Thursday, March 30, 2006


2003 was a terrible year for me. It seems that everyone I knew, died.

In January I was drinking a malted milk at the Maple View Dairy and I 
ran into my friend Lincoln. He was actually named after Lincoln, Nebraska, which was a source of confusion and excitement for him as well as everyone who met him. “Really?” They would ask, “Not Abe?”

Lincoln said: “Did you hear that Inch Worm died?”

I stopped drinking my malted. I stared out the window, the tears welling up in my eyes. “No, I did not.”

“Is that a delicious malted?” Lincoln asked. 

“It is perhaps the best and most delicious malted I have ever, ever drunk.” I said, as though in a dream, a malted dream punctuated by dead inch worms, all gathered to mourn Inch Worm, my friend, my brother, my Sad Dead Person #1.


In March I flew a kite near the highway wearing pretty yellow pants with black polka dots that ballooned out in the intoxicating beauty of a spring day. 

My friend Angelica saw me and waved from a distance. 

“D––––   Y––––  N–––––Y––––L–––” Angelica said,  the wind buffeting the words, like a symphony of nature near the highway filled with kites.

“What is it Angela? What are you saying?”

Angela approached me. “I said: ‘Do you know that you look like one of those French homosexual circus performers in the Fellini movies when you wear those baggy polka dot pants while you are flying a kite?’”

“Fellini was Italian.”

“I know. But he hated French homosexual circus performers.”

“No he didn’t. He celebrated them. But they were Italian.”

“They looked French.”

“That’s true. With a note of the Adriatic in their gait.”

“Hey,” Angelica said, which was a strange name for a man I think, “Hey,” he said, “did you hear that Jazzberry Jam died?”

“Jazzberry?” I cried.

“Jazzberry,” Angelica replied.

“Oh no, oh Jazzberry.”

“Well, it’s just Jazzberry.” Angelica said.

“Don’t say that. That is a terrible thing to say. Jazzberry didn’t deserve to die. Jazzberry was a good man. A very good man. Poor Jazzberry.”

Later that night, after reading a prayer to myself and lighting a candle I thought, well, actually, it was just Jazzberry. No big.

Dead Friend #2


In May, I attended the Kentucky Derby. How I loved the Derby! But then, who doesn’t? It’s true, only those who have never been to the Derby do not love the Derby. 

I couldn’t help but think of Earl ‘Fatha’ Hines. I loved him so, but he didn’t love the Derby. And why not? The answer is obvious. 

Anyway, I was certain that this was going to be a good year for me, just like ‘97 when I bet on Silver Charm and won, quite well in fact, or last year, ‘02, when War Emblem paid off for me and in a big way. As I walked the grounds at Churchill Downs, everything seemed to be oh-so-right. The weather was perfect, I had at least 20,000 British Sterling in my trousers, the horses were snorting vigorously and the grass smelled sweet as Mosel wine. 

Funny Cide was certain to be a winner. My winner. Sometimes I think I should have just never gone to Law School and just followed my dream of, say,  marrying a race horse. Still, life is never exactly what you expect it to be. Another perfect
Kentucky Derby day.

And it was another perfect Kentucky Derby day until I saw from friend Jacobean. 

I never enjoyed my friend Jacobean, and tried to avoid him whenever possible, but where are you going to hide when you are in a place like the Kentucky Derby? I suppose that it is unfair to call Jacobean my friend: you should never call anyone your friend if you don’t like them at all and try your best never to talk to them. Still, Jacobean was my friend. You should always be friends with everyone, if you can. You never know what might happen if you do, and you know exactly what will happen if you don’t.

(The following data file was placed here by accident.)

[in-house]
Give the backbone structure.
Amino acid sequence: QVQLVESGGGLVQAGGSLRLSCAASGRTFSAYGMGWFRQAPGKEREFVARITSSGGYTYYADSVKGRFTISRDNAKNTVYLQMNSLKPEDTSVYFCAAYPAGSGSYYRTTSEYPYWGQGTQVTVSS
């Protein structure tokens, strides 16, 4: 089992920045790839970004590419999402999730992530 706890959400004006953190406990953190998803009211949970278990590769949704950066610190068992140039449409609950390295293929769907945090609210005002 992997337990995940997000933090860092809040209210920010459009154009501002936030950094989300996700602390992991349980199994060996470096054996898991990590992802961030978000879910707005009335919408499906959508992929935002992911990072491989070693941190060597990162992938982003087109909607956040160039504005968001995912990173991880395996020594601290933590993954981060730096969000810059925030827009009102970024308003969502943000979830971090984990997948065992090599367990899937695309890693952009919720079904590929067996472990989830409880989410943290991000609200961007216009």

“Yoo Hoo!” Jacobean called out to me, “Yoo Hoo Hoo Hoo!”

“Hello Jacobean,” I replied, without enthusiasm.

“I am so glad I found you. Wonderful day, isn’t it?”

“It is at that.” I replied, exhausted.

“It’s hard to believe that on a beautiful day like this that Mango Tango is dead.”

“Mango Tango?” I cried, renewed, “Dead?”

”For sure dead. Mango Tango dead.”

“No, not my Mango Tango. Please. Tell me it’s not true.”

“Sorry old man. No more Tango, à la Mango.”

“Oh Mango. Oh Mango Tango.”

“I thought you hated Mango Tango.”

“No. Don’t say that.”

”What a fibber. You’re one of those big fibbers.”

”Oh God. Oh Mango.”

“Jesus! What’s your problem?.”

“My darling, sweet Mango.”


Seriously, I liked Mango. 

Dead Friend #3

It wasn’t until December of that same dead year that I even thought about trying that Origami book. I waited that long because I was certain I would fail. It was too complicated, too intricate, and required too steady a hand to execute properly. Still, December is as good a time as any to try a new endeavor, and I was certain that if I could successfully fold the crane, just one, then I would truly be on my way. 

I also knew that, according to legend, anyone who can successfully fold 1,000 cranes is assured of peace and contentment in their lives. And I thought that now, finally, alone, in the deepest heart of my solitude, with no Lincoln, no Angelica, no Jacobean, I could take the first step towards the happiness that seemed so often so elusive and intricate and complicated.

I would do it.

Nine hours later, I was surrounded by cranes! Perhaps a thousand. The problem was, they were all in a lot of trouble. But the sort of trouble that you don’t know about if this is all you know. Misshapen, broken, lost, terrible cranes without real wings or beaks but still very colorful and some interesting ways of pointing wings towards different places. 

I held the last one in my hand. It was red, with crisply folded wings and looked like the best one of all. It was, really, almost perfect. It almost looked like it would come alive.